Metro Phoenix housing market has best month in a decade April just might have been the best month for metro Phoenix's housing market in a decade. Foreclosures fell to the lowest level since 2006. Homebuilding continued to rebound. Phoenix kept its spot as one of most affordable big metro areas for ...
More Phoenix homeowners have equity now Fewer metro Phoenix homeowners are underwater now, according to CoreLogic. Approximately 19.5% of the Valley's homeowners owed more than their house is worth as of June 30, down from 21% at the end of this year's first quarter. At the worst of the housing cra ...
Phoenix-area home sales, prices cool in July In Metro Phoenix, both sales and prices dipped in July. Home sales fell 4.5% and the median home sales price inched down to $210,000 compared with June, according to the W.P. Carey School of Business at Arizona State University. The housing market's mode ...
Ariz. homebuilders offering deals New-home prices across metro Phoenix soared too high and too fast in 2012 and 2013 for many buyers to handle, leading to a slump in sales. Home prices have dropped slightly this summer, and builders are trying to lure buyers by offering incentives that include lowe ...
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News Article From: 05-06-2006

The first article, Scooch over, 5 mil to squeeze into state, from the Arizona Republic, reports that the Census Bureau released updated population numbers on Thursday that the state of Arizona will add nearly 5 million more people in the next 25 years and becoming the 10th largest state in the nation. Arizona currently has about 5.9 million residents, and it is expected to grow to 10.7 million in the next 25-years. Marshall Vest, Research Manager at the University of Arizona, predicts an even larger population in 2030, at 12 million. People 65 and older are expected to be a huge component of growth, surging from 13 percent of the state's population in 2000 to 22 percent in 2030, with 2.4 million retirement aged residents. Tom Rex, Research Manager at ASU's Center for Business Research, said the seeds are sown for a continuous urban corridor stretching from metro Phoenix at least as far as Eloy in Pinal County, broken only by the open land on the Gila Indian Reservation. Pinal County is currently the state's fastest growing county.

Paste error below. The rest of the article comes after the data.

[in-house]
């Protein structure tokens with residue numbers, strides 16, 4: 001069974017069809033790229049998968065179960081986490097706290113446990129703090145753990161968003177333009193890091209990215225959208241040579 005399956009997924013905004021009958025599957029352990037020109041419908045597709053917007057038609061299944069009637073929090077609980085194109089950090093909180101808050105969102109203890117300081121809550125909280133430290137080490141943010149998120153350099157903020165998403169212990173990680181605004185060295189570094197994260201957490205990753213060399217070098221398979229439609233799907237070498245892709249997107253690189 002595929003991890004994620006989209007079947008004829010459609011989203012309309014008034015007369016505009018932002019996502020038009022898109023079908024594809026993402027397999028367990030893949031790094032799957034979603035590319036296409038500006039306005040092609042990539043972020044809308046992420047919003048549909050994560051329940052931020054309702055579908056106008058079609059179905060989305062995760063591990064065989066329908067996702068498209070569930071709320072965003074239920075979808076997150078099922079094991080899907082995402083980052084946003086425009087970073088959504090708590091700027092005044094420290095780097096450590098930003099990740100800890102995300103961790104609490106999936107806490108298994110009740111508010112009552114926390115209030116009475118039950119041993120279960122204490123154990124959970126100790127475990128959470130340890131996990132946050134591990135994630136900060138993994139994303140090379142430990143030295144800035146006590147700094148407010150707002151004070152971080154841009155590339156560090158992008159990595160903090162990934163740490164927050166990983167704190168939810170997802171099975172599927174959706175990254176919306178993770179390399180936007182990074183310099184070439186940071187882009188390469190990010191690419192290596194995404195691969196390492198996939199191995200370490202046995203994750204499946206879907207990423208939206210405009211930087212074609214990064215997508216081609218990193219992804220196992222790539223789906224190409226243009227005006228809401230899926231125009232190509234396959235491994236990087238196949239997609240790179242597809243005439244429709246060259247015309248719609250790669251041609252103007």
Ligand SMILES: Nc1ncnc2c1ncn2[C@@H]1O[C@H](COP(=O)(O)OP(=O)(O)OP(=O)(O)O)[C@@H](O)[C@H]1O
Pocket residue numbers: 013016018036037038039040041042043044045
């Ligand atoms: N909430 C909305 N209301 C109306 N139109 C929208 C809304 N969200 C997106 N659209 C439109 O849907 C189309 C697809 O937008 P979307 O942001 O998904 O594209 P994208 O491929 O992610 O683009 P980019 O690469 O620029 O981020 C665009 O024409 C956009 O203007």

The second article, 2030 forecast: Mostly Gray, from the USA Today, also reports on the new census numbers released for the nation. The article reports that the elderly population in every state will grow faster than the total population, and seniors will outnumber school-age children in 10 states. The Census Bureau also predicts that 26 states will double their population of people older than 65 by 2030. "Arizona and Nevada will have the lowest share of 'needy' elderly and the highest share of 'yuppie' elderly," says William Frey, demographer at the Brookings Institute, a think tank in Washington DC. This is a market trend that Realtors should start to capitalize on now, with second homes and retirement communities a great niche to specialize in!
The third article, 'Condotel' plan advances, from the Arizona Republic, reports that a $120 million Marriott Hotel topped with penthouse condominiums- one of the first "condotels" in the state- is all but a done deal in Chandler. Developer Jeff Cline of Signature Properties West LLC in Chandler, plans to open a Renaissance ClubSport Hotel franchise nest to Chandler Fashion Center in 2007. He decided to add two stories of high-priced condos to the project because market research revealed high-income and demand in Chandler. The Cielo Sky-Rise Residences, as they are called, will include 27 units selling from $500,000 to $3 million. The price of a condo includes membership to the hotel's athletic club.
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